Last week, close watchers of the many-sided war in Iraq and Syria learned from an apparently inadvertent Russian state television disclosure that Russia has upped the ante in its eight-week-old war in Syria, apparently adding ground-based artillery to the array of attack jets, strategic bombers, and helicopter gunships that have been pounding Islamic State terrorists and U.S.-backed rebels alike in the country
.Without fanfare, the U.S.-led coalition has escalated its involvement in the conflict in a similar way in recent weeks, adding artillery raids of its own to the steady thrum of air strikes against the Islamic State. In the U.S. case, the weapons involved are long-range, satellite-guided rockets, not howitzers, and the targets are in Iraq, not Syria.
Operation Inherent Resolve spokesman Col. Steve Warren first acknowledged the use of the M142 High Mobility Artillery Rocket System, or HIMARS—a staple of U.S. operations in Afghanistan—during a briefing last month. Since then, Inherent Resolve press releases have noted the use of rocket artillery on eight more days, most recently Sunday, when “rocket artillery” accounted for an unspecified number of 19 coalition strikes in Iraq.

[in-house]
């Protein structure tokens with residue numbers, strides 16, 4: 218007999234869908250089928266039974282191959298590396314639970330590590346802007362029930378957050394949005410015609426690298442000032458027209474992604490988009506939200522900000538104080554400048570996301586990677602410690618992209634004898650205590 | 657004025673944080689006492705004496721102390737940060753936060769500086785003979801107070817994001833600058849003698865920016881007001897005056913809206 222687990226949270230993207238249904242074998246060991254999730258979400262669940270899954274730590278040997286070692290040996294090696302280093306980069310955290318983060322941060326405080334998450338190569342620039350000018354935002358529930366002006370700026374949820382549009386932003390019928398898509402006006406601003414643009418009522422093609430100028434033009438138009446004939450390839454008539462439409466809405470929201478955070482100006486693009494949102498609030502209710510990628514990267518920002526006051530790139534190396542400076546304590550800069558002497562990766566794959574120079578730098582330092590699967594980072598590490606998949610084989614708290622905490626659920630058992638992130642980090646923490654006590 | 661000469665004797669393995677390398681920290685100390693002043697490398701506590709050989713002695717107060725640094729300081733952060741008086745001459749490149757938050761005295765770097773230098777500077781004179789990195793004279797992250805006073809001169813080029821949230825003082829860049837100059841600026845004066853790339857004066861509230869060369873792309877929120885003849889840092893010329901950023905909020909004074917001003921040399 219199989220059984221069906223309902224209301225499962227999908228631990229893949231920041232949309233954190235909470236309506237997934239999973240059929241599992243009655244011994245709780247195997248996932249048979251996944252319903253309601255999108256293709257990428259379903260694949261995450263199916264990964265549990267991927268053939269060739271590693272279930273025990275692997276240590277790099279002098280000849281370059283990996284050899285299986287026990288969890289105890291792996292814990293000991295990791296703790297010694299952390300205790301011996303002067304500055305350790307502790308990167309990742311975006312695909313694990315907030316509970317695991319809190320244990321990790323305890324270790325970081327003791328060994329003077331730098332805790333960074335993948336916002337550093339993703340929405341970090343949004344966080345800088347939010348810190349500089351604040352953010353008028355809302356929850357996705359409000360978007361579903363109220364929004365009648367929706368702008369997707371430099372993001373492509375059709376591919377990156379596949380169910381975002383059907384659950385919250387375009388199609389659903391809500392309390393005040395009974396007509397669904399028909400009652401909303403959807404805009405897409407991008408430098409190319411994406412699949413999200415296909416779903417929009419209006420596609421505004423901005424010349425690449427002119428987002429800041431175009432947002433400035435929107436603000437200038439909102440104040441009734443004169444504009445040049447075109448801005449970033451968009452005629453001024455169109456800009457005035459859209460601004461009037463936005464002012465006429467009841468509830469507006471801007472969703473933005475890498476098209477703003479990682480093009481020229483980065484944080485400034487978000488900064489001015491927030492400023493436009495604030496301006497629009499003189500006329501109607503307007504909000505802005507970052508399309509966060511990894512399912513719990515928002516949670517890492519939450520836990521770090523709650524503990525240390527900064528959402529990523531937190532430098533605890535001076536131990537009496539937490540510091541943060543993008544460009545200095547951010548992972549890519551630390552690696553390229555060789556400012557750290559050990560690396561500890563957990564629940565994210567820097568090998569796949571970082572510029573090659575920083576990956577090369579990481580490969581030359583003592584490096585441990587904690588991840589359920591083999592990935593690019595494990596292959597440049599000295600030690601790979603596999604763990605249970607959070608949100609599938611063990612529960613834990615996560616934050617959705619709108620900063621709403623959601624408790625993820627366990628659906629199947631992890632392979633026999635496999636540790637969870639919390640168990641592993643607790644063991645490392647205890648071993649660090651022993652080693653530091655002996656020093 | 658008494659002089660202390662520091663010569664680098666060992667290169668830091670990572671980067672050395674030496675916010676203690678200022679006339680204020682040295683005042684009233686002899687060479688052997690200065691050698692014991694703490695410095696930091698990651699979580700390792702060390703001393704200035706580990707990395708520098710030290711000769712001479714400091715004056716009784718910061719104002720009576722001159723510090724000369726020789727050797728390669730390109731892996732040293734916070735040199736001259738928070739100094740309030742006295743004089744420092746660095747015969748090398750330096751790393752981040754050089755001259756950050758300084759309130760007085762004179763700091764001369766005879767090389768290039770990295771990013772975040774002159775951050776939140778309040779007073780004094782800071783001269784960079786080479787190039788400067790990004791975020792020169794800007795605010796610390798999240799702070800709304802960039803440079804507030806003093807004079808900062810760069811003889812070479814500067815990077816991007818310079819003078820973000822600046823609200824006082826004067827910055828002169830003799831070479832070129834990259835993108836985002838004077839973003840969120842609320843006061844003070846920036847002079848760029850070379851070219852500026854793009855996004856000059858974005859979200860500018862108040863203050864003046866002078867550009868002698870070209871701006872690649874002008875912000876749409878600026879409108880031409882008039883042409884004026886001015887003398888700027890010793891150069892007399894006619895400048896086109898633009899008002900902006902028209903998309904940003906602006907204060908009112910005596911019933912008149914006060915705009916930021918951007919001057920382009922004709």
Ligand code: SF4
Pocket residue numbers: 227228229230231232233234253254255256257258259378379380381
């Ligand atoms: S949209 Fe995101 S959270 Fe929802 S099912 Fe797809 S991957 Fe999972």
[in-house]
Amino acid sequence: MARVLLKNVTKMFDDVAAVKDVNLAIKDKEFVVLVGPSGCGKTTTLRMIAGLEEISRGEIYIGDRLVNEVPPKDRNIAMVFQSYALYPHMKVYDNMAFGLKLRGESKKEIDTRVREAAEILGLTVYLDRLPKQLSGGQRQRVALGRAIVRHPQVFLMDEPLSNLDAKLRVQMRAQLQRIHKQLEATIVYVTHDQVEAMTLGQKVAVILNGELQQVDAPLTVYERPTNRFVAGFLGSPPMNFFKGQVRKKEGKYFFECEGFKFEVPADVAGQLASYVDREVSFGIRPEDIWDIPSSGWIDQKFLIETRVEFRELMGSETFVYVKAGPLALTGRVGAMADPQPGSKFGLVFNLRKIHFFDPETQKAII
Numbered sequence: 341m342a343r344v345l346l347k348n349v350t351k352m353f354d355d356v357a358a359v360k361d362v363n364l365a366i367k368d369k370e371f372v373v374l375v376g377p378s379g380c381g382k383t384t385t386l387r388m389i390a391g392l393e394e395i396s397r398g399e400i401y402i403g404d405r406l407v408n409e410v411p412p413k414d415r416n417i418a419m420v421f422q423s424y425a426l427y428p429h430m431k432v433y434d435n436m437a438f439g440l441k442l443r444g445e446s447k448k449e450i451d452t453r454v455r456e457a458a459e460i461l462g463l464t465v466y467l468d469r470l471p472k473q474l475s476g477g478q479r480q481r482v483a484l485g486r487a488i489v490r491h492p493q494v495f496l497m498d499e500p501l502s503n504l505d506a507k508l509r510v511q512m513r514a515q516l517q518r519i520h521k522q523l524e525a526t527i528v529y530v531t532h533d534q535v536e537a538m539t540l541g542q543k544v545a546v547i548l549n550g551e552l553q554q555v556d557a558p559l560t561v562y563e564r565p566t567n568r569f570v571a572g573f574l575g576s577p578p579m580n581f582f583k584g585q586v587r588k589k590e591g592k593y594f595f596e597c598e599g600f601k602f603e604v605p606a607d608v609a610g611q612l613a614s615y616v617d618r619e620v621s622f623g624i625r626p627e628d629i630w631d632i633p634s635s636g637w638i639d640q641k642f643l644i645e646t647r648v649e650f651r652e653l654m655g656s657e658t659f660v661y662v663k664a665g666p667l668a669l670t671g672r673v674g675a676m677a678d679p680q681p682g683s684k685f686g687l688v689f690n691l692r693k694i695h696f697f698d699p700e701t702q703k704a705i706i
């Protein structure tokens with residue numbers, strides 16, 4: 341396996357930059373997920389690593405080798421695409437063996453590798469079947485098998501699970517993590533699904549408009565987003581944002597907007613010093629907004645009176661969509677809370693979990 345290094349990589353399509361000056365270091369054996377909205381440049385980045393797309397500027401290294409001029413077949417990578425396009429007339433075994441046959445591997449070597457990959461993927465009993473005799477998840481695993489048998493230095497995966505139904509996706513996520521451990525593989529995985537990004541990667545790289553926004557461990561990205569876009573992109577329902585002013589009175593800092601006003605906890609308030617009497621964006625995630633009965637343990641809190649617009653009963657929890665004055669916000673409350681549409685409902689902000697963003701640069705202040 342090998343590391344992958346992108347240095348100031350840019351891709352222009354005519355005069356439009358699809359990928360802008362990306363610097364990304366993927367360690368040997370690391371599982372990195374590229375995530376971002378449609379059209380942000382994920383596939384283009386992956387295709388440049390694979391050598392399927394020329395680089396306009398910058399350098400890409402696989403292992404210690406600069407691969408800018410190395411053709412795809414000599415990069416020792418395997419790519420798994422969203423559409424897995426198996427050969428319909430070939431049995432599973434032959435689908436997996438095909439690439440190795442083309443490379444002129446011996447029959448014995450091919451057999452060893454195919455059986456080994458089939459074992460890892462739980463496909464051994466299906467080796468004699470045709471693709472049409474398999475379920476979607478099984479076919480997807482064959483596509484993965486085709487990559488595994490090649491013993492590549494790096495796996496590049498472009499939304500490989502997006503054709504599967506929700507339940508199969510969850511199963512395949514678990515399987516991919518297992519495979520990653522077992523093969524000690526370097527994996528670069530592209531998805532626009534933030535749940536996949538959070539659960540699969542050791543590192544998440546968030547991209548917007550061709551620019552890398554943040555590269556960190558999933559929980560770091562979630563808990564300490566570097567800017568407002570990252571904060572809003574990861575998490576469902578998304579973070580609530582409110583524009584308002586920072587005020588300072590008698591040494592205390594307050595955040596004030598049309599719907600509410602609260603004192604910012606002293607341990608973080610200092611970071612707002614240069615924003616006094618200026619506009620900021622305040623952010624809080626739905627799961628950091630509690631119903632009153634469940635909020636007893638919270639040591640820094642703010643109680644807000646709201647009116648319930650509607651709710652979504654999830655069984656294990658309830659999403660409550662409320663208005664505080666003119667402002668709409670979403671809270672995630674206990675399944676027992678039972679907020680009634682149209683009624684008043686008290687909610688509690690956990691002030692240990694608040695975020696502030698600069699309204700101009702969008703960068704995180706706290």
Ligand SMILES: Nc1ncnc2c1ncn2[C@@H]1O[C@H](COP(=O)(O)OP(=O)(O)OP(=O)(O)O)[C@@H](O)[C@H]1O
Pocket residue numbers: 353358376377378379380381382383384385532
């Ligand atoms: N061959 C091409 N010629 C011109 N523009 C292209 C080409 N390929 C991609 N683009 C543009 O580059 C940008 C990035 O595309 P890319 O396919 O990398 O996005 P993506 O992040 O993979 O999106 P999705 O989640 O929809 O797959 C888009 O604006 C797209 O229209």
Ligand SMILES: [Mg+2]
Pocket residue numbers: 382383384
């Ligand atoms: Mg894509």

I’m not entirely sure “escalation” is the right word to describe a weapon that has shorter range than strike aircraft, and a smaller warhead.
Three things here. HIMARS is the launcher. High Mobility Artillery Rocket System. GMLRS is the Guided Multiple Launch Rocket System. HIMARS can carry a pod of 6 GLMRS. ATACMS is the Army Tactical Missile System, a much larger, longer ranged guided missile. The HIMARS can carry one in a pod with the same dimensions as the 6-pack of GMLRS.
GMLRS is relatively cheap. ATACMS is not, so its use would be for very important targets.